The story goes that the Dutch are everywhere because of our merchant anchestors. One believes that because the VOC started trading spices in the 17th century, we became open minded people, curious about other cultures. As a result we still travel around as if the world is our playground.
I am not so sure whether we are much different than other former-colonial countries, but indeed Samui is full of Dutch and so it happened that our first neighbors in our small scale resort consisting of 3 ‘villa’s’ were a Dutch family of 5.
Nothing would have given our two kids, being slightly nervous about moving to Myanmar and having to speak English, a softer landing than this: three same-aged kids to play with in their own language. After 5 minutes acting shy, they played as they had known each other their whole lifes. Wine on the beach for the parents followed, shared dinners and even sleep overs.
Lots of fun until we wanted to go and do some sightseeing with just the four of us. What should have been a joint adventure of climbing waterfalls became a day of hinting (and later begging) to go back to the resort. Nothing impressed our kids anymore: no elephants, splashy fresh waterfalls or tropical rainforests.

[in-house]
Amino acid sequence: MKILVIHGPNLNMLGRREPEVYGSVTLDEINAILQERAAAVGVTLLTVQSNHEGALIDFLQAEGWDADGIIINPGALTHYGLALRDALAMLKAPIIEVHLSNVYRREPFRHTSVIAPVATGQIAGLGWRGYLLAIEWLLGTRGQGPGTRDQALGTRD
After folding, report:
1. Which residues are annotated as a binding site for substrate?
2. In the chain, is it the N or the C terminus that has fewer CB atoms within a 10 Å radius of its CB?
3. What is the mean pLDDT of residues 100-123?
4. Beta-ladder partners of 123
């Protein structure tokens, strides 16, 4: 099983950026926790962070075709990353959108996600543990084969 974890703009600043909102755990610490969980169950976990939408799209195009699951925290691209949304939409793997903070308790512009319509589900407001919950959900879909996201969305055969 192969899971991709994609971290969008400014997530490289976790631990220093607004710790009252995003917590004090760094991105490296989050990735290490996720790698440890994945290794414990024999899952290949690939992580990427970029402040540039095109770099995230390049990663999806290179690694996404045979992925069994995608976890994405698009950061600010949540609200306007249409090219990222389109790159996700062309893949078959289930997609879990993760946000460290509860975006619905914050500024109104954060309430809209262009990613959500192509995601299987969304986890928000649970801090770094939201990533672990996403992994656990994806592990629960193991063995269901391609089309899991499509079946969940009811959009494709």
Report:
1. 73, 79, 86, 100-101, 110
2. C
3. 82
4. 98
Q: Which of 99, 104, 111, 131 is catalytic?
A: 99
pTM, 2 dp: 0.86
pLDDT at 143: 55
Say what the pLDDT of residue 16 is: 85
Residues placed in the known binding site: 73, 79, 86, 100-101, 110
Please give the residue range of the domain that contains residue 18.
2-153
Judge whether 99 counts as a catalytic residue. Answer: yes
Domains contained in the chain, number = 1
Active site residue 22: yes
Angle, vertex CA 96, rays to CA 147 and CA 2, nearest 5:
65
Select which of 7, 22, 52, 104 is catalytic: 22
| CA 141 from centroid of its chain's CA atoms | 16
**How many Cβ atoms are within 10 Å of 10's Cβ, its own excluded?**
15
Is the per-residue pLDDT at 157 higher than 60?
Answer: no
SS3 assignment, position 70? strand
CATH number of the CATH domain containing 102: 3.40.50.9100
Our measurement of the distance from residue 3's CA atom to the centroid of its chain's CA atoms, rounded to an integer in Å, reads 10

After a 15 minutes walk to the base of the waterfall and suggesting to climb the ropes up, Leah started mourning ‘that will be a long tour’.
And after we reached the top and wanted to have drinks at one of the small pristine North Samui beaches afterwards, she almost shouted ‘but then it will be even later before we will be home!’ After finally (6 pm!) arriving at ‘the villa’, the other family also just arrived from their trip and the kids continued playing non-stop till 11 pm.
The same discussions were repeated 3 days in a row and now the Dutch family is gone, leaving our kids in silence, with no appetite for playing with the new neighbors from the Czech Republic and, even, Belgium. What kids want for holidays are just a couple of young Dutchies to play with. Luckily, you can find them anywhere.